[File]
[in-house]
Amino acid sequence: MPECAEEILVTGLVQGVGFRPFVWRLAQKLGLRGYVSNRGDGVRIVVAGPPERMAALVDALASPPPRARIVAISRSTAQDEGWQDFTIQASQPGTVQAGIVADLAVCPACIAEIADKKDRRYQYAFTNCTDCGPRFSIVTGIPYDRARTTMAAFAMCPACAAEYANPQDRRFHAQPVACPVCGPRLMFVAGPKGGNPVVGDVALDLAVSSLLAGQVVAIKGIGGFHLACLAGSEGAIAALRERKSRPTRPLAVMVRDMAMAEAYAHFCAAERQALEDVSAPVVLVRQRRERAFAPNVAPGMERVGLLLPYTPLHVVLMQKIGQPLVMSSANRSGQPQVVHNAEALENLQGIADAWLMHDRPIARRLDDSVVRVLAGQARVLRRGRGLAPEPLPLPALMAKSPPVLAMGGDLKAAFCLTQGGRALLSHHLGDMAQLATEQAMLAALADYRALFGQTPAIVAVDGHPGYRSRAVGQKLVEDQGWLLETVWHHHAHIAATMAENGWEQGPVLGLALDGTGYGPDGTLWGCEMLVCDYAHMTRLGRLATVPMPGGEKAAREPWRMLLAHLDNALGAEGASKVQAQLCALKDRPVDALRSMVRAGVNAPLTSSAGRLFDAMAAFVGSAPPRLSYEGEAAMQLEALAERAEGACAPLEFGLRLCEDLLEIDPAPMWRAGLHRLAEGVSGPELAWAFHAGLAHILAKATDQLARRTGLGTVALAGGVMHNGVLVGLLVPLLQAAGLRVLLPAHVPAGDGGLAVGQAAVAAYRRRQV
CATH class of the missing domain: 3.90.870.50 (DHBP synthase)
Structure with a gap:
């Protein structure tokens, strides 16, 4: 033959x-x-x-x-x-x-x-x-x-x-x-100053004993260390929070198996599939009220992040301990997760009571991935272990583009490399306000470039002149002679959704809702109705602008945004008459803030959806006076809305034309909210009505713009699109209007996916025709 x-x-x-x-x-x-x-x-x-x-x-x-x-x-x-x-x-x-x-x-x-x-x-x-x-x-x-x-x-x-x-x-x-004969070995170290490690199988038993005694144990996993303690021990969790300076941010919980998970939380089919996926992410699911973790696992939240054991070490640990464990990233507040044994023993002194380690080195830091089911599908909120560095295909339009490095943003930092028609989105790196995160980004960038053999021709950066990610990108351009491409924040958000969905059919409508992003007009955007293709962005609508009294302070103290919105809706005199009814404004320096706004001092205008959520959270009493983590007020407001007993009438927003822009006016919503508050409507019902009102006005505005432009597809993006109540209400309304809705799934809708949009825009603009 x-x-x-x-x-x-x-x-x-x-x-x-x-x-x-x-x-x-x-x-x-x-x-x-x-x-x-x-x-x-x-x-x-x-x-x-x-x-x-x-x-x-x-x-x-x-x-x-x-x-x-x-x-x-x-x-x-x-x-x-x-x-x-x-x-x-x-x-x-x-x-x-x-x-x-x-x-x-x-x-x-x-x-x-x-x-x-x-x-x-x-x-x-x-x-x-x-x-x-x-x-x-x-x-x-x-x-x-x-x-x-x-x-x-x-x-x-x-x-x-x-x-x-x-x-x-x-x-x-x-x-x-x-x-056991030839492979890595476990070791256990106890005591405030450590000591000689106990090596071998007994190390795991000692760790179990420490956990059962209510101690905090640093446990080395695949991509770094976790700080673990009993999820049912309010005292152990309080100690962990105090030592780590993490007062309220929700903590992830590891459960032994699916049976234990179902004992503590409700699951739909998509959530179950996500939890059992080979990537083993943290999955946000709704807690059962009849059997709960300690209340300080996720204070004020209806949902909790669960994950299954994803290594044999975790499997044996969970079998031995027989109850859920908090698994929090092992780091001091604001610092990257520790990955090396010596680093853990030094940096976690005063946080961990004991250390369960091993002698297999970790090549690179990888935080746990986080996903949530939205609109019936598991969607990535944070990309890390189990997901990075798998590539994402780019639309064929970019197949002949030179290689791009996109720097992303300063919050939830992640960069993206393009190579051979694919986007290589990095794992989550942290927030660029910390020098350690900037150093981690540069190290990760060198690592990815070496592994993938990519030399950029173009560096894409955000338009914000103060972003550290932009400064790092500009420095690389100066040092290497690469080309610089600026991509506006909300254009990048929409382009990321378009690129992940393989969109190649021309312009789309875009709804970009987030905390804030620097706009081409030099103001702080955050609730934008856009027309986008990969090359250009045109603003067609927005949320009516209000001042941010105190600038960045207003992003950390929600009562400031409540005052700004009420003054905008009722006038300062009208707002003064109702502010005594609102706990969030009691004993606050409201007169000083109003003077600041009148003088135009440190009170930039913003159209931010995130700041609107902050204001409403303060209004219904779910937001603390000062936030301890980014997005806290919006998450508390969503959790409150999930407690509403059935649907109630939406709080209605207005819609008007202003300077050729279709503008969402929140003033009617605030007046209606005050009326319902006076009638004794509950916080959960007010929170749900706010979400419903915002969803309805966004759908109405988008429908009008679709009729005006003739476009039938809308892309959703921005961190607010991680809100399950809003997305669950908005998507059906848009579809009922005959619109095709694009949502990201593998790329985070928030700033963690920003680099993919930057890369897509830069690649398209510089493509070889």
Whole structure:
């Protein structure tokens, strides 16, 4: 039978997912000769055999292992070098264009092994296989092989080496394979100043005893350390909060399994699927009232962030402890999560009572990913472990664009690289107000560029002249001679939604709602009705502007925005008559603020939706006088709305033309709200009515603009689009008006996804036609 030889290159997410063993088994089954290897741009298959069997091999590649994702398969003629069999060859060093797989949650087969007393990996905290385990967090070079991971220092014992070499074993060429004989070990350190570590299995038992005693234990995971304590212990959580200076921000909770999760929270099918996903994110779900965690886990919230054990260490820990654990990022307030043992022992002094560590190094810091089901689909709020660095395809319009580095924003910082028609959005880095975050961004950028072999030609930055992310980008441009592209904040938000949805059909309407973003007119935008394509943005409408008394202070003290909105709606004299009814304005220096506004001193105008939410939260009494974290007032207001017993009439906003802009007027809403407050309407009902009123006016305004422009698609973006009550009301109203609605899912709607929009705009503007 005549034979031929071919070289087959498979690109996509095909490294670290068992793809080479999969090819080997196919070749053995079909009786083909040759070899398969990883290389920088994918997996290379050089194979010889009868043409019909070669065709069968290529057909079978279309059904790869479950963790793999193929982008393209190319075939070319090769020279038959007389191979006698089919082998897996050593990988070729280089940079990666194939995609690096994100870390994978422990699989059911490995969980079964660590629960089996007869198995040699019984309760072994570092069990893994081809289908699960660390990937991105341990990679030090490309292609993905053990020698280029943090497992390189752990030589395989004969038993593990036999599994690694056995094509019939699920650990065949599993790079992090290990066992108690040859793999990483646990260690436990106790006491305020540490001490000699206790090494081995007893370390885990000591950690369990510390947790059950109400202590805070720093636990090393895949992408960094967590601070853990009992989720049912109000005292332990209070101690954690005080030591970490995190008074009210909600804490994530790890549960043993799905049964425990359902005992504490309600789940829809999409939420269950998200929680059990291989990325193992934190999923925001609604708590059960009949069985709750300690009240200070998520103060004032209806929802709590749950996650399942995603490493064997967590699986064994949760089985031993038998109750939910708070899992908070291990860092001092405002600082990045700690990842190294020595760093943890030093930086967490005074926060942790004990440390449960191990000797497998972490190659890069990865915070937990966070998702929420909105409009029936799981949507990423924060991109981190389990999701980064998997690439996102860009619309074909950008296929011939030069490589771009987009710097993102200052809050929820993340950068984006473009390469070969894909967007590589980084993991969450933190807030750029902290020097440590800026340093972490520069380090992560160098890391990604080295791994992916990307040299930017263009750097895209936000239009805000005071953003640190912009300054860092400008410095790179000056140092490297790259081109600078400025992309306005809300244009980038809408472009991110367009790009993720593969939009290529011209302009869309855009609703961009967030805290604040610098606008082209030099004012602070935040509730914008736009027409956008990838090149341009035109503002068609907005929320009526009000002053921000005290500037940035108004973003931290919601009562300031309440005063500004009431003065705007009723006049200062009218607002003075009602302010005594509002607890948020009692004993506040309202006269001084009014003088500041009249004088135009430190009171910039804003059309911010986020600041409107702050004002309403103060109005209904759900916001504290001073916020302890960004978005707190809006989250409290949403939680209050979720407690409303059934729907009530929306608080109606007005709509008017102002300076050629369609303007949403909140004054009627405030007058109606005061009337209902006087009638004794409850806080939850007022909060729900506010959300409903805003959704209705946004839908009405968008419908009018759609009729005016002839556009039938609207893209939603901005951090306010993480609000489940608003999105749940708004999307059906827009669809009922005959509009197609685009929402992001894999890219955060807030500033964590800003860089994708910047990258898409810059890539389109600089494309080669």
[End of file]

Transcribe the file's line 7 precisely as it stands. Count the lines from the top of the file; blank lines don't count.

């Protein structure tokens, strides 16, 4: 039978997912000769055999292992070098264009092994296989092989080496394979100043005893350390909060399994699927009232962030402890999560009572990913472990664009690289107000560029002249001679939604709602009705502007925005008559603020939706006088709305033309709200009515603009689009008006996804036609 030889290159997410063993088994089954290897741009298959069997091999590649994702398969003629069999060859060093797989949650087969007393990996905290385990967090070079991971220092014992070499074993060429004989070990350190570590299995038992005693234990995971304590212990959580200076921000909770999760929270099918996903994110779900965690886990919230054990260490820990654990990022307030043992022992002094560590190094810091089901689909709020660095395809319009580095924003910082028609959005880095975050961004950028072999030609930055992310980008441009592209904040938000949805059909309407973003007119935008394509943005409408008394202070003290909105709606004299009814304005220096506004001193105008939410939260009494974290007032207001017993009439906003802009007027809403407050309407009902009123006016305004422009698609973006009550009301109203609605899912709607929009705009503007 005549034979031929071919070289087959498979690109996509095909490294670290068992793809080479999969090819080997196919070749053995079909009786083909040759070899398969990883290389920088994918997996290379050089194979010889009868043409019909070669065709069968290529057909079978279309059904790869479950963790793999193929982008393209190319075939070319090769020279038959007389191979006698089919082998897996050593990988070729280089940079990666194939995609690096994100870390994978422990699989059911490995969980079964660590629960089996007869198995040699019984309760072994570092069990893994081809289908699960660390990937991105341990990679030090490309292609993905053990020698280029943090497992390189752990030589395989004969038993593990036999599994690694056995094509019939699920650990065949599993790079992090290990066992108690040859793999990483646990260690436990106790006491305020540490001490000699206790090494081995007893370390885990000591950690369990510390947790059950109400202590805070720093636990090393895949992408960094967590601070853990009992989720049912109000005292332990209070101690954690005080030591970490995190008074009210909600804490994530790890549960043993799905049964425990359902005992504490309600789940829809999409939420269950998200929680059990291989990325193992934190999923925001609604708590059960009949069985709750300690009240200070998520103060004032209806929802709590749950996650399942995603490493064997967590699986064994949760089985031993038998109750939910708070899992908070291990860092001092405002600082990045700690990842190294020595760093943890030093930086967490005074926060942790004990440390449960191990000797497998972490190659890069990865915070937990966070998702929420909105409009029936799981949507990423924060991109981190389990999701980064998997690439996102860009619309074909950008296929011939030069490589771009987009710097993102200052809050929820993340950068984006473009390469070969894909967007590589980084993991969450933190807030750029902290020097440590800026340093972490520069380090992560160098890391990604080295791994992916990307040299930017263009750097895209936000239009805000005071953003640190912009300054860092400008410095790179000056140092490297790259081109600078400025992309306005809300244009980038809408472009991110367009790009993720593969939009290529011209302009869309855009609703961009967030805290604040610098606008082209030099004012602070935040509730914008736009027409956008990838090149341009035109503002068609907005929320009526009000002053921000005290500037940035108004973003931290919601009562300031309440005063500004009431003065705007009723006049200062009218607002003075009602302010005594509002607890948020009692004993506040309202006269001084009014003088500041009249004088135009430190009171910039804003059309911010986020600041409107702050004002309403103060109005209904759900916001504290001073916020302890960004978005707190809006989250409290949403939680209050979720407690409303059934729907009530929306608080109606007005709509008017102002300076050629369609303007949403909140004054009627405030007058109606005061009337209902006087009638004794409850806080939850007022909060729900506010959300409903805003959704209705946004839908009405968008419908009018759609009729005016002839556009039938609207893209939603901005951090306010993480609000489940608003999105749940708004999307059906827009669809009922005959509009197609685009929402992001894999890219955060807030500033964590800003860089994708910047990258898409810059890539389109600089494309080669």